Deep Streams Zen Institute has offered programs that emphasize lay Zen practice and its relevance to everyday living since 1988. Beginners as well as seasoned meditators are welcome and practice opportunities include public meditation meetings, classes, retreats and intensive study with Joseph Bobrow Roshi. Deep Streams is a socially engaged organization with roots in the extended community. (Zen practitioners are not required to participate in social programs). To this end, we have developed our Institute, focusing on interdisciplinary education that brings together contemporary psychotherapy with Buddhist principles and practice. Integrative workshops and seminars explore the interplay of mindfulness, psychotherapy and Buddhism in transforming trauma. Community programs allow us to distill the best from Buddhism and Western psychology to help people and build peace in the world. Deep Streams has served incarcerated youth and it’s non-denominational community service, the Coming Home Projecthas brought together the best from east and west to provide nationally acclaimed, evidence-based healing programs for returning veterans and their families and caregivers.
Our intention from the beginning has been to build cultures of peace as we apply the fruits of psychotherapeutic and Buddhist practice for the benefit of the wider community: for personal and social change, and professional development.
Deep Streams is a non-profit 501(C)(3) organization governed by a Board of Directors. We welcome your contributions and donations are tax deductible. We also invite you to volunteer as we can use assistance in a number of different areas and projects.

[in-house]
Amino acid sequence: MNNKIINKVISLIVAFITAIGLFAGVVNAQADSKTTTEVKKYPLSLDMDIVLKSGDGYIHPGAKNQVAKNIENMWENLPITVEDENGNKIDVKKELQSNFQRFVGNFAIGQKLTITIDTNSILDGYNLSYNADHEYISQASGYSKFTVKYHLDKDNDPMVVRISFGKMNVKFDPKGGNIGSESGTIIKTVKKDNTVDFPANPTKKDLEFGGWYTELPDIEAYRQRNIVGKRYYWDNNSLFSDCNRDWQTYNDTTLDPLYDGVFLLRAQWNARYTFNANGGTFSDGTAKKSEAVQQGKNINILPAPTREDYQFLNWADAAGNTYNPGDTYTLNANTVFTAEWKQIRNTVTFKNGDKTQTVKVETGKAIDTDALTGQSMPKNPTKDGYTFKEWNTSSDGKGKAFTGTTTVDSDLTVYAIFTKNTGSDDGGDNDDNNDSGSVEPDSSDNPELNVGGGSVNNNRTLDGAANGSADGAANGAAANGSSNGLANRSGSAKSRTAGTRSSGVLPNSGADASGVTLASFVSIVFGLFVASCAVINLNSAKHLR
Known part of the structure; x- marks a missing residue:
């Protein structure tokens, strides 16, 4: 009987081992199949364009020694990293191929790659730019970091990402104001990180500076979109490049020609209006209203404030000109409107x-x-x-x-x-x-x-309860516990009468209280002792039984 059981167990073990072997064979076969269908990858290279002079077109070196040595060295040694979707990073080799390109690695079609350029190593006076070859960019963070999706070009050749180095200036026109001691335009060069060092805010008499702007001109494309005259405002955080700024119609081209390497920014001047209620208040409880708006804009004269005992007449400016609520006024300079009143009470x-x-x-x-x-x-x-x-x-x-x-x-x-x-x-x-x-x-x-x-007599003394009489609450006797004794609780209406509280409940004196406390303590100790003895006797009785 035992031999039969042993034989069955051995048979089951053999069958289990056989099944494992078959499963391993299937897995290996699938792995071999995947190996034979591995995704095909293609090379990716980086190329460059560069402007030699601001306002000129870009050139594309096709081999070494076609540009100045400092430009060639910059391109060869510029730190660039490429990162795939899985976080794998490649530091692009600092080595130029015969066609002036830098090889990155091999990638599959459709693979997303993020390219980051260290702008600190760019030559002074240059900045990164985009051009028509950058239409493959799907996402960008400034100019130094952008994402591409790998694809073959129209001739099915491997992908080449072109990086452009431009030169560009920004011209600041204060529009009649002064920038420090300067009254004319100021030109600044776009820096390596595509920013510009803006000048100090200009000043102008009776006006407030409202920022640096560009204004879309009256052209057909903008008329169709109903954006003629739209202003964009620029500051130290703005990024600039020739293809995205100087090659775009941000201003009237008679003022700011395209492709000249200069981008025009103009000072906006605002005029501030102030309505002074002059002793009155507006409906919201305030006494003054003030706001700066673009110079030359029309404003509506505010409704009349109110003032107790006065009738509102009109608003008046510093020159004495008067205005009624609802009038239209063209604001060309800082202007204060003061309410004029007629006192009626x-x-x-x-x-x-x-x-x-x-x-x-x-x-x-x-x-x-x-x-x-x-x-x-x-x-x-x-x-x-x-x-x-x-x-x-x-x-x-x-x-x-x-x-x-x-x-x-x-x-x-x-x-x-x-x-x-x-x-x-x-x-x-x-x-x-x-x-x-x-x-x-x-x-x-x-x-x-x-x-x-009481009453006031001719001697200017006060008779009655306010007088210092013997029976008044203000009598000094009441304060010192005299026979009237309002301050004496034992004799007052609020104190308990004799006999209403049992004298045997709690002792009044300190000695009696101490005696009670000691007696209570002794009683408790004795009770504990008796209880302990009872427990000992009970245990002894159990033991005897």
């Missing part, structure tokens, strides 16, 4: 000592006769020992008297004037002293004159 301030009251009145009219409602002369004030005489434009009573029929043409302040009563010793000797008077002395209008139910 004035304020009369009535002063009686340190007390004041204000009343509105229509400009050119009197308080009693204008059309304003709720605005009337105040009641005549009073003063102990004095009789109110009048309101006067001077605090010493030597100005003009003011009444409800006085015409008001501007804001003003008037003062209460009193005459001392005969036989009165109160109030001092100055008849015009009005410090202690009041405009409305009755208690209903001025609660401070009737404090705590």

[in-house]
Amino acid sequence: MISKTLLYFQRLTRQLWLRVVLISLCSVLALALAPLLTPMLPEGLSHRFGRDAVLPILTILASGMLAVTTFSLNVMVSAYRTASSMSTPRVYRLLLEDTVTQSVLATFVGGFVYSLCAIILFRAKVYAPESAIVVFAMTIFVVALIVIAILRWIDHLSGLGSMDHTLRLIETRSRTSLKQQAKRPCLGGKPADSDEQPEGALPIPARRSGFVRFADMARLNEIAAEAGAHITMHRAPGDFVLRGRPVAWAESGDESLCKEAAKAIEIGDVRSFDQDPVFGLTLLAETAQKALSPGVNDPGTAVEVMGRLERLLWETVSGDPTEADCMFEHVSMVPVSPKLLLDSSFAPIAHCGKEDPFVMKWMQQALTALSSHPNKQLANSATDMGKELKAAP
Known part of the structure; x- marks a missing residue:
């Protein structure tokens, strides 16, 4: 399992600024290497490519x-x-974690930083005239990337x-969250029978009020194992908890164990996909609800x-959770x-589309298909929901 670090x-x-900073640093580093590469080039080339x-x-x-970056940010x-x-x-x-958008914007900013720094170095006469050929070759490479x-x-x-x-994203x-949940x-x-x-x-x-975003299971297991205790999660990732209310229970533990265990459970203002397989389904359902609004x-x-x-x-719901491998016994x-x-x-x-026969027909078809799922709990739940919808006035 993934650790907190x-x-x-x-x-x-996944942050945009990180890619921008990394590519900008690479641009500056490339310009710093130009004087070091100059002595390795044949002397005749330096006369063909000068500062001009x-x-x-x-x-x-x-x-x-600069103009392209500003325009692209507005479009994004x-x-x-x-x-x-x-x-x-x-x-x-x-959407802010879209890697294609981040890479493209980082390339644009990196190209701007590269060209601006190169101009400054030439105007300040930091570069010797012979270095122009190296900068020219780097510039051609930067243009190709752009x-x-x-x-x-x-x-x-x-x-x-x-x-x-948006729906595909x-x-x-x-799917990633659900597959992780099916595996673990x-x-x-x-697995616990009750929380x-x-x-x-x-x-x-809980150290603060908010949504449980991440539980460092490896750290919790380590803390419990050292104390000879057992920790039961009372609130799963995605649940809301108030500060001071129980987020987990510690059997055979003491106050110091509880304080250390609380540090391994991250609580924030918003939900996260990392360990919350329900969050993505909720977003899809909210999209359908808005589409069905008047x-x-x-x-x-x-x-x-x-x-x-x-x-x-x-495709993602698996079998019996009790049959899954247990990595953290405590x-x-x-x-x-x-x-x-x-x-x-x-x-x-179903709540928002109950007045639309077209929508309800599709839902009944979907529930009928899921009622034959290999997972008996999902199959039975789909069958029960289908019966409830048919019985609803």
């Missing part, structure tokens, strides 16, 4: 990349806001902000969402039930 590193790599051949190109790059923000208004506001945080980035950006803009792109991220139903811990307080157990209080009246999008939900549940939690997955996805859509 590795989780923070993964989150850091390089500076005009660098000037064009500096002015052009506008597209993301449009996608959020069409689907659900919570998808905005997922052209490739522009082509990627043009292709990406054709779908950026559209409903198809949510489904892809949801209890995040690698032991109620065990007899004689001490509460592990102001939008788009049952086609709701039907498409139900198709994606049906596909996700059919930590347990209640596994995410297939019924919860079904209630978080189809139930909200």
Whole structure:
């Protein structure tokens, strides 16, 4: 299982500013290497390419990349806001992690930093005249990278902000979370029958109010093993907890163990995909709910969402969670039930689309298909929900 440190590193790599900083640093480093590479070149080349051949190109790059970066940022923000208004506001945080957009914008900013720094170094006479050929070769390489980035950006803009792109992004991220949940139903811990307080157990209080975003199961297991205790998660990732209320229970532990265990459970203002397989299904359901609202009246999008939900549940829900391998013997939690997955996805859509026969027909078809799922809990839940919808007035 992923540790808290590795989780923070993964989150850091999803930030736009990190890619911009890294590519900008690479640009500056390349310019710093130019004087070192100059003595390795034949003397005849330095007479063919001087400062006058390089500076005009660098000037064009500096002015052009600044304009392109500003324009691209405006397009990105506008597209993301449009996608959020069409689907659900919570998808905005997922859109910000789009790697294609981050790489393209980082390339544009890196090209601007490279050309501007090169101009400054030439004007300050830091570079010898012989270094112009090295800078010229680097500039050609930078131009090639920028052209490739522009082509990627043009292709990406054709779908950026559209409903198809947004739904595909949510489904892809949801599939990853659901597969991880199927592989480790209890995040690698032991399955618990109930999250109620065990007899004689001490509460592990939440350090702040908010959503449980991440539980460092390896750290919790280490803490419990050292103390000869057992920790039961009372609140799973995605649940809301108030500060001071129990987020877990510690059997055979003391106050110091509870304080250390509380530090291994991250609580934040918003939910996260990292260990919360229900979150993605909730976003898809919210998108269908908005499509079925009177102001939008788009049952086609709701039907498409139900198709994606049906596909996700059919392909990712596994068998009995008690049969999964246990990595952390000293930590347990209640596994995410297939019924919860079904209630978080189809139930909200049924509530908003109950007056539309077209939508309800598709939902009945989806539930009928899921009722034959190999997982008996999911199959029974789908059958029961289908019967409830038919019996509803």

An Integrative Vision
In our engineered and privileged world, we risk having consumption and technological progress substitute for connection and fulfillment. The rush for more and better, bigger and faster, drives us. It may soon become possible to literally have every thing we want - financial fortunes, engineered children, even a life span without illness and limit - yet still be left wanting. Many others, meanwhile, are struggling to simply survive. No wonder questions are being asked with increased urgency: What is a good life? A life of meaning, connection and vitality? Is contentment possible? Has this quality of living become an endangered species? The practice of meditation is one way of protecting our humanity in an increasingly de-humanized world. In concert with contemporary healing practices such as psychotherapy, it offers practical approaches to creating and living a life of meaning and fulfillment. These streams are complementary paths of aliveness that help us touch the extraordinariness of ordinary life and deepen our capacity to integrate and embody it in daily living. Each helps us face our life and death such that we develop self-knowledge that is not hubris, strength that is not domination, acceptance that is not resignation, equanimity that is not complacency, vitality that is not mania, and compassion that is not co-dependency. Each tradition helps us, in different ways, to plumb the depths of our lives, transmute hidden obstacles, and liberate ourselves from narrowness and fixed views that prevent us from awakening and sharing the fruits in the widening contexts of life in which we exist: from the personal, interpersonal and organizational, to the socio-cultural and ecological. Western depth psychology and psychotherapy can help meditators and teachers learn directly about emotional growth and derailment in the personal and interpersonal fields, conscious and unconscious, while clients and psychotherapists can benefit from the ancient resources of meditation practice. There is also a meditative dimension intrinsic to psychotherapy, and an unfolding psychological process distinctive to meditation practice. Without collapsing the differences, each path can help the other learn more about itself, and, through mutual dialogue, be enriched. There is a reservoir of creative potential here that has not yet been tapped. Deep Streams endeavors to bring this potential to life, and help us make use of our precious ordinary lives of suffering and joy to grow, create, and help one another.